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Recipes For Eggs

( Originally Published 1904 )


1. Put 1 pint boiling water in a small sauce-pan, let it boil a moment, put an egg into it, and remove the pan from the fire. Let it stand, covered, for ten minutes. The egg will then be soft and creamy. This process cooks the albumen of the egg at a temperature of about 180, and makes it more digestible than if boiled.

In order to cook several egg, a little-experimenting must be done. Use a large saucepan and a large amount of boiling water, and try the eggs to find if they cook properly in ten minutes. If they are too soft at the end of the time, use more- water, or let them cook fifteen minutes. If they become too hard in ten minutes use less water next time, or cook them for seven minutes.

2. When hard eggs are desired, cook as in the recipe above, but for thirty or forty minutes in-stead of ten minutes, and it will be best to stand the saucepan on the back of the stove that the water may not become too cool.

3. Break eggs, one at a time, into a cup. Put a quart of boiling water and 1 teaspoonful salt into a saucepan. Let it boil, then move it back on the stove so that it will just cease to bubble. Drop in the eggs, one at a time, and cook until the white is firm. If several eggs are to be cooked at a time, use a large quantity of boiling water and salt. Serve them on toast, with a sprinkle of salt on each egg. 1 egg; 1 tablespoonful butter; 1/4 teaspoonful salt; sprinkle pepper; 1/4 cupful milk.

Scald the milk in a double boiler. Mix the egg, salt, and pepper, and beat together. - Pour the hot milk into the egg, stirring well, add the butter, and stir thoroughly in a' double boiler until it thickens. Serve hot on steamed rice, or on toast.


This method is exactly like the scrambled eggs, with the omission of the milk.


Eggs when fried are not so digestible as when cooked in other ways, because the heat of the fat makes the albumen leathery. Dropped eggs should be used instead of fried.


1. Break eggs, being careful to keep the yolks whole, into a buttered baking-dish. Put a sprinkle of salt- on each egg, and bake in a moderate oven until the white is firm, or from ten to fifteen minutes. Add a sprinkle of butter to each egg, and serve at once. -

2. Separate the yolks and whites. Beat the whites until stiff,. with 1 sprinkle salt to each white. Put into a buttered dish, lay in the yolks - here and there, and bake until the white is a golden-brown.


2 eggs; 2 tablespoonfuls milk; 1/4 teaspoonful salt.

Beat the eggs, add the other ingredients, stir well, and pour into an omelet pan, well buttered with 1 teaspoonful butter. Set the pan back on the stove; where the omelet will cook slowly. Lift occasionally with a broad knife to see if the albumen is hardening: When it is firm on the bottom, turn the omelet over, and cook it two or three minutes, until the other side is also firm. Slip it on a hot plate and double it over in the centre. Many persons like, a speck of pepper added to the seasoning.


Using the ingredients in the recipe above, separate the eggs. Mix the yolks with the salt and pepper and beat, and stir in the milk. Beat the whites until stiff, and fold them lightly into the liquid. Melt 1 teaspoonful butter in an omelet pan, and heat it. As soon as it bubbles, pour in the mixture, set the pan on the back of the stove, and when the albumen is hardened so that the omelet is firm underneath, set the pan in the oven on the grate for two or three minutes to dry the top. Slip it on a hot plate and double it over' in the centre.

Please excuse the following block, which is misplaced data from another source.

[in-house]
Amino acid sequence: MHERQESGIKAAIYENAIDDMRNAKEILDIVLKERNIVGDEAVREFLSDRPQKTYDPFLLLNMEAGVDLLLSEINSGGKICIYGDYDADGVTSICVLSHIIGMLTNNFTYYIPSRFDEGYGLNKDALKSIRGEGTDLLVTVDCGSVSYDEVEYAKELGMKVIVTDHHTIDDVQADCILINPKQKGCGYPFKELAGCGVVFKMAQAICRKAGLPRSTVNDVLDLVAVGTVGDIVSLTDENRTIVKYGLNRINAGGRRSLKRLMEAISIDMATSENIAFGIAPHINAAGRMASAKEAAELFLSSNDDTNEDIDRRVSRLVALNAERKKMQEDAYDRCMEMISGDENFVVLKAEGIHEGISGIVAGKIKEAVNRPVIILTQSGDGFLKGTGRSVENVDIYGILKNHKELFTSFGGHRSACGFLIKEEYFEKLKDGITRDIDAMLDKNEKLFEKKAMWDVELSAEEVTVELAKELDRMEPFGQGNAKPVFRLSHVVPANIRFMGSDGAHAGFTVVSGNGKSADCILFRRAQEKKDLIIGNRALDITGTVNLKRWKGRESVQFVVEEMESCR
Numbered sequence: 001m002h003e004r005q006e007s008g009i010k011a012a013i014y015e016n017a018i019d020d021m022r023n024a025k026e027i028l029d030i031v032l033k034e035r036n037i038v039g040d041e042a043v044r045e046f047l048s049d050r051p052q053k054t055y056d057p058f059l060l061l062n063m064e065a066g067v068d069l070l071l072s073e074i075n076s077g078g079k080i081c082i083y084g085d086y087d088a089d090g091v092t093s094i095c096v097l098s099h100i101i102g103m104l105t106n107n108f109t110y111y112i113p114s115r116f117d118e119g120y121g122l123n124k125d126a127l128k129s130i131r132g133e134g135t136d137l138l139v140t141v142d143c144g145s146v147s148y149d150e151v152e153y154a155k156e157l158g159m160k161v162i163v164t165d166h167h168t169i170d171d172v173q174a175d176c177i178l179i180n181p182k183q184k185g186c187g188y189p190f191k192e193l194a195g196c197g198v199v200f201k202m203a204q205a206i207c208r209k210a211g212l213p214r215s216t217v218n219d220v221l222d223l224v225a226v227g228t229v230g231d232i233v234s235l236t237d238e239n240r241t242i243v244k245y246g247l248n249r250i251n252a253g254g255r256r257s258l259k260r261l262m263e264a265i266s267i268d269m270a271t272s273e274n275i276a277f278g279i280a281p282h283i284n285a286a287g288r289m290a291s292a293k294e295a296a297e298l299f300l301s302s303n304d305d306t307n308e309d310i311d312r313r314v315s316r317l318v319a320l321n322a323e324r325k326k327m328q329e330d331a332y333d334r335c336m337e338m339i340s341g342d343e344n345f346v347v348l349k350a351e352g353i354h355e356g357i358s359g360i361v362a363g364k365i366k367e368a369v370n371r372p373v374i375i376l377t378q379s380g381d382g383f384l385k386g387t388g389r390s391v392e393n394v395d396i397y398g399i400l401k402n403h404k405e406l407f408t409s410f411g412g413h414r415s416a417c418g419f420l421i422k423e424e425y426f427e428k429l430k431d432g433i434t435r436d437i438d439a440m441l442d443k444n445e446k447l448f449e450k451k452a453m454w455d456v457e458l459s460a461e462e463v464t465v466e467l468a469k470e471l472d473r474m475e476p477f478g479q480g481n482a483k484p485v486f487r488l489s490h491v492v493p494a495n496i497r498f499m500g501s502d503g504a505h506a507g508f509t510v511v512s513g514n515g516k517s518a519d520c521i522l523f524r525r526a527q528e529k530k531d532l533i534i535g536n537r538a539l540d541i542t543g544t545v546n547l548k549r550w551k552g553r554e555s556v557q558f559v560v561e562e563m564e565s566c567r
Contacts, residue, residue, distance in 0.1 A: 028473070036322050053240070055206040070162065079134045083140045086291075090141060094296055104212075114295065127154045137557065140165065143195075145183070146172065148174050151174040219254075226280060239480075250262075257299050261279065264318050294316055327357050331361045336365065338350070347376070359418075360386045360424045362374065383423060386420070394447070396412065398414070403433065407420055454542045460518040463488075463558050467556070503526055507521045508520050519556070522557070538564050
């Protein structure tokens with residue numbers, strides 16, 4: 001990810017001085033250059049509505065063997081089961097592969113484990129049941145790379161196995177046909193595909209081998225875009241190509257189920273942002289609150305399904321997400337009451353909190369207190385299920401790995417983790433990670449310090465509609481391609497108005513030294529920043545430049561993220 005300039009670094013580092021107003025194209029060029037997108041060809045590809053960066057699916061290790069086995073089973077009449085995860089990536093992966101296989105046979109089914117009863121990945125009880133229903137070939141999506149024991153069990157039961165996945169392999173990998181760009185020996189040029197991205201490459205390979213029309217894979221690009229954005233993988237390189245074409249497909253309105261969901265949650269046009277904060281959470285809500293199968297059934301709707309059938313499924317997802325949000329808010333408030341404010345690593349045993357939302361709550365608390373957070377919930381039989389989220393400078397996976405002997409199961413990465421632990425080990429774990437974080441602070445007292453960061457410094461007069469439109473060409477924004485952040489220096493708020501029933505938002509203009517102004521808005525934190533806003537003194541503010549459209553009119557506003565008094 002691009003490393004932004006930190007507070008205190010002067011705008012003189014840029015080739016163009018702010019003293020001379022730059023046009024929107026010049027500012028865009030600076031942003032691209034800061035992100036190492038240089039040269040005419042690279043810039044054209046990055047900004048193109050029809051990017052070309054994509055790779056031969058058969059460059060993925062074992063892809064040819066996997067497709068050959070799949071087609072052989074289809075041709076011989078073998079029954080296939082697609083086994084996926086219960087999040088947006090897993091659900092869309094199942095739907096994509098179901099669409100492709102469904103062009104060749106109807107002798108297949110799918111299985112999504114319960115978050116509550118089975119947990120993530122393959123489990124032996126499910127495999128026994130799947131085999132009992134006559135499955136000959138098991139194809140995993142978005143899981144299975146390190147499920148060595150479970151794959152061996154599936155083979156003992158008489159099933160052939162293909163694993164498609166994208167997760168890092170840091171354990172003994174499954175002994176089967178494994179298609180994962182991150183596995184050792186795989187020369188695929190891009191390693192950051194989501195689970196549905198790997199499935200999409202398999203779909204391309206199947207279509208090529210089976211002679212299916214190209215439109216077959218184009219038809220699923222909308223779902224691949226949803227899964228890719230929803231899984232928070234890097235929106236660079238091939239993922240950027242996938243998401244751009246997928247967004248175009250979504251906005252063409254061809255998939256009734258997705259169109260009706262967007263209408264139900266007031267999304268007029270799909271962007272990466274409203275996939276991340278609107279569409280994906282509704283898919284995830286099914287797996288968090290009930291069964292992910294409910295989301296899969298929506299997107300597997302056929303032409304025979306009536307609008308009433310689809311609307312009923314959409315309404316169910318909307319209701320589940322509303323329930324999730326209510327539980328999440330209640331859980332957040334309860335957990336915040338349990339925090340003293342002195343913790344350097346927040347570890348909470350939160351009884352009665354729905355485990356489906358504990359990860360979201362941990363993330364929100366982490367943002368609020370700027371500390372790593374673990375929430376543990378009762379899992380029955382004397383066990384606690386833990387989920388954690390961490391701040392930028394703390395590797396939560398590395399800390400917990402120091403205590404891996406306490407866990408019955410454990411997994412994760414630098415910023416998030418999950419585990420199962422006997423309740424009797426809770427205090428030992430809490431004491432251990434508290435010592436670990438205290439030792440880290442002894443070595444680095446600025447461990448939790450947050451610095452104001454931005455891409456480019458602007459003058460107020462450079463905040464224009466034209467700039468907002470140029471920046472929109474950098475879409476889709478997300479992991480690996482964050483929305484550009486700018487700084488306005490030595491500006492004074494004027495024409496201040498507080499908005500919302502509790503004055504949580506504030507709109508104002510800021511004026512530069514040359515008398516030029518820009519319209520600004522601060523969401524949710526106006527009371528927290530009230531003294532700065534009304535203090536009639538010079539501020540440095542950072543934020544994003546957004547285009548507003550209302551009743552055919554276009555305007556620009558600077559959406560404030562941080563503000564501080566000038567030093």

Mix 1 tablespoonful of ham, chopped fine, or of any meat, with either the plain or foamy omelet, and cook as directed. A little chopped parsley may be added, if desired. When the omelet is cooked, chopped meat may be spread over half the top, and it may then be folded double. Oysters, either whole or chopped, or stewed tomatoes may be used, instead of the meat.


Prepare the foamy omelet, and add to it chopped meat, put -it into a buttered pudding-dish, set it into a pan of boiling water, and bake until firm.


1 pint milk; 3 eggs; 2 tablespoonfuls sugar; 1/4 teaspoonful salt; 1/6 teaspoonful spice, or I/2; teaspoonful flavoring.

Scald the milk. Separate the eggs. Add the salt and sugar to the yolks, and beat. Beat the whites until very stiff, add 2 teaspoonfuls sugar to them, beat slightly, and drop spoonfuls of the stiff whites on top of the scalded milk. Let them cook two or three minutes until firm, lift out on a plate, and pour the scalded milk on the beaten yolks. Put this mixture into the double boiler, and stir until it thickens.

Pour it into a china or glass dish. When nearly cool, stir in the flavoring, jut the whites on the top, and serve cold, as a pudding. It is a good idea to pour this custard, while it is hot, over thin slices of bread or cake. A pretty way to serve it is to put specks of jelly on the top of the whites.

To make cocoanut or cholocate custard, cook 2 tablespoonfuls cocoanut, or 1 tablespoonful melted chocolate in the scalded milk.


Cook 3 eggs in hot water one-half hour. Separate the yolks from the whites and chop the whites. Make a white sauce by melting 1 table-spoonful butter, adding 1 tablespoonful flour, and '1 cupful milk, gradually. Season with 1/2 teaspoonful salt, and 1 sprinkle pepper; stir in the whites and pour over slices of toast. Rub the yolks through a strainer over the whole.

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